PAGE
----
Carolina grad students advance scholarship with King’s College London

Tar Heel students and faculty went abroad to participate in workshops with one of Carolina's strategic partners.

A presenter speaking to adults in a college classroom.
The workshop themes focused on specific disciplines but all discussed issues of current global interest, such as conflict, decolonization and the environment. (Photo by Melissa McMurray)

This May and June, more than 30 UNC-Chapel Hill graduate students advanced their research and gained valuable career skills by organizing and participating in academic workshops with graduate students at Carolina’s strategic partner, King’s College London. Participating Carolina departments included geography, global studies, history, music, philosophy and religious studies, and 14 UNC-Chapel Hill faculty members joined the students for the workshops in London.

Since 2010, hundreds of Carolina graduate students have organized annual workshops with KCL through numerous departments in the College of Arts & Sciences.

Students from each institution work together to organize the workshops and contribute their scholarship, presenting research papers and offering feedback alongside faculty experts.

Noreen McDonald, senior associate dean for social sciences and global programs in the College of Arts & Sciences, said that the workshops are a valuable opportunity for Carolina’s graduate students to develop the necessary skills and experiences to become global leaders.

“The exchange of knowledge, perspectives and ideas with an international audience fosters a deeper understanding of topics they’re covering and enhances their ability to navigate complex global challenges,” she said. “By engaging in these collaborative initiatives, our students not only enhance their academic journey but also develop the essential skills and connections required to shape a better world.”

The workshop themes focused on specific disciplines but all discussed issues of current global interest, such as conflict, decolonization and the environment.

Kylie Broderick, a doctoral candidate and Mellon Fellow in modern Middle East history, organized the history department’s 13th annual Transatlantic Historical Approaches workshop on the theme “(Dis)unity,” which tackled community, solidarity, separation and conflict across contemporary and historical society.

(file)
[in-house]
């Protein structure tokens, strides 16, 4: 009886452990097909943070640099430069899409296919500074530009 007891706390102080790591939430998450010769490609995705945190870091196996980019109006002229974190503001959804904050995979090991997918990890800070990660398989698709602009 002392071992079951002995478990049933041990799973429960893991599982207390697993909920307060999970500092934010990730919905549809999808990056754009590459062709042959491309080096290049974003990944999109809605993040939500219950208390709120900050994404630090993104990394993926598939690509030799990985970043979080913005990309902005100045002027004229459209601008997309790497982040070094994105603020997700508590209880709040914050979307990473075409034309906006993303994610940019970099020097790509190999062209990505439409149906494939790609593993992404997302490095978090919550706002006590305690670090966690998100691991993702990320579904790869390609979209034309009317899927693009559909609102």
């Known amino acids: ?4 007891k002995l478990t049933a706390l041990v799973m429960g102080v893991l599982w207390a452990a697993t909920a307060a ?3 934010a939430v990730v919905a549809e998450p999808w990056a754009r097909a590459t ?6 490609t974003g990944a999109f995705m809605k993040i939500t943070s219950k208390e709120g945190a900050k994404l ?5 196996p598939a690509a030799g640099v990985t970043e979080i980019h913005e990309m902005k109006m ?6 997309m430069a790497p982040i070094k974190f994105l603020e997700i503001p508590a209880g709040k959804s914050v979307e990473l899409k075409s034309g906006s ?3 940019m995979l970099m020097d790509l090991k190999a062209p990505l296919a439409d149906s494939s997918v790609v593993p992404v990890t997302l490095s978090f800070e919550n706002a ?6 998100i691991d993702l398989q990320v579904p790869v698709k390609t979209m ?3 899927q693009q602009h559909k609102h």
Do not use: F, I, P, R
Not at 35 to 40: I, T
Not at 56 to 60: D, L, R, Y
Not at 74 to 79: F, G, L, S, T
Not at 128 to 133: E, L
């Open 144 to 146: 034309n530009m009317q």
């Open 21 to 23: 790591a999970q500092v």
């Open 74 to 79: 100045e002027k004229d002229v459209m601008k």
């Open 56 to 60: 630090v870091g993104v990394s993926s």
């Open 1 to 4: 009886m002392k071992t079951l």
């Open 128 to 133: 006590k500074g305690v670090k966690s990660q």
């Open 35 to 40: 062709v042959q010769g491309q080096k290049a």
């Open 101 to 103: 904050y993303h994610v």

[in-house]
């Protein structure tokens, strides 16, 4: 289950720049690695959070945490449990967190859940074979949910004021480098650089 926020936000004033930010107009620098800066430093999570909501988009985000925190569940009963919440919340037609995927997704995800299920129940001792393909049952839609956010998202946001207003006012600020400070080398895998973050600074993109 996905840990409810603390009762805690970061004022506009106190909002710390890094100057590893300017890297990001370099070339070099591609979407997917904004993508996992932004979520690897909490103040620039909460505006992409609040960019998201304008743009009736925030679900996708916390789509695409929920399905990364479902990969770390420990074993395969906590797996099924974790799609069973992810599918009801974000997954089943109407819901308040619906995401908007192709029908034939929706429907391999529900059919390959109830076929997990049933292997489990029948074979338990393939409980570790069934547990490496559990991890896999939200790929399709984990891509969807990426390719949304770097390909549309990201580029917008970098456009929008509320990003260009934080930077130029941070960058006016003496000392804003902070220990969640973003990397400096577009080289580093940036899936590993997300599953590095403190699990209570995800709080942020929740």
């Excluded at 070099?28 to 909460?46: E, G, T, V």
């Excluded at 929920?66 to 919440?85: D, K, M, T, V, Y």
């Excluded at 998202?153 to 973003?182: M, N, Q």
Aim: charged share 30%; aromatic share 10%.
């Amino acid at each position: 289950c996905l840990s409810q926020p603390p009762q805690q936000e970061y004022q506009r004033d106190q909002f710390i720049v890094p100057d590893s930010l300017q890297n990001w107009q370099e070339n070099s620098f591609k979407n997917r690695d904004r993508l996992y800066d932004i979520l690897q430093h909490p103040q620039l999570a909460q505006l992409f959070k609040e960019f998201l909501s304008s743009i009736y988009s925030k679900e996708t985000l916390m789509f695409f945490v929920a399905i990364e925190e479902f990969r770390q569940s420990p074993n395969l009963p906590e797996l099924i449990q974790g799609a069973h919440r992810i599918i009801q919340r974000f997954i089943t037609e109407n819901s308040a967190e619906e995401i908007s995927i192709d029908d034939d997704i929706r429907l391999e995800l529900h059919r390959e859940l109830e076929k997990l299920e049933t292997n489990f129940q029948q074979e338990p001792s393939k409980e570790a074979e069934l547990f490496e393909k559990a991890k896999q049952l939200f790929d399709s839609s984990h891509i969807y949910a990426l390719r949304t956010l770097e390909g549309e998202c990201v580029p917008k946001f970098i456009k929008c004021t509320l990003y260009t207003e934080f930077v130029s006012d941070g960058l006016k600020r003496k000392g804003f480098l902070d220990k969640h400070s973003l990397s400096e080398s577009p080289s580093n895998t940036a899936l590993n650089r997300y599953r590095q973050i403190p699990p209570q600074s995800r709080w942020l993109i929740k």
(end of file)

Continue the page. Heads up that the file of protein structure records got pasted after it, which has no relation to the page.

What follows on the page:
Broderick said that the Carolina-KCL workshop offered valuable skills and experience.

“I think that providing this space for grad students to safely test out their work, on the one hand, or to learn how to organize scholarly events, on the other, remains important,” she said. “Co-organizing the UNC-KCL workshop has given me new experiences and perspectives in how to do this effectively, with an eye to how events like these can really benefit grad students.”

As part of the history department’s tradition, the May conference at KCL will be followed by a conference at UNC-Chapel Hill in September.

Elizabeth Olson, department chair and professor of geography, organized a joint workshop on feminist, decolonial and critical methodological approaches to the study of the Global South with UNC-Chapel Hill graduate students Ingrid Diaz Moreno and Andreina Malki. According to Olson, organizing and participating in the workshops creates career and academic opportunities for students.

“Developing a proposal, working out the challenges of travel and coordination and then traveling to London to meet with students and faculty around a shared topic of interest opens so many doors for them,” she said. “Once they are participating in the workshops, we’ve found that they learn about new bodies of relevant scholarship and different approaches to organizing an academic career. It really improves their higher education literacy and hopefully encourages them to continue these kinds of connections in the future.”

Olson believes that engaging with global partners advances the scholarship and careers of Carolina faculty as well.

“For our faculty, and especially our junior faculty, the KCL workshop model provides an incentive for building new relationships with scholars in London,” she said. “It opens new options and promotes new ideas for future research, collaborative writing, and importantly, it raises the profile of our faculty and that of their really inspiring research.”

Some departments continued old traditions, and others started new ones. The music department organized the 12th convening of the Joint Graduate Student Music Conference with KCL in London, planned by two UNC-Chapel Hill doctoral candidates, Melissa Camp and Tara Jordan, and two KCL graduate students. The Curriculum in Global Studies conducted a KCL workshop for the first time on the theme of “Living in/with Crisis: Exploring Political, Economic, Social and Ecological Formations for More Just Futures.”

Other Carolina-KCL workshops covered an array of topics. The religious studies department convened on the theme of “Perspectives on the Self in Ancient Mediterranean Religions,” and the philosophy department’s students examined “Knowing and Doing,” which encompassed epistemology, ethics and social and political philosophy.

Support for the majority of the workshops came from the Institute for the Arts and Humanities King’s College Fund, which supports projects and collaborative events that advance the relationship between UNC-Chapel Hill and KCL.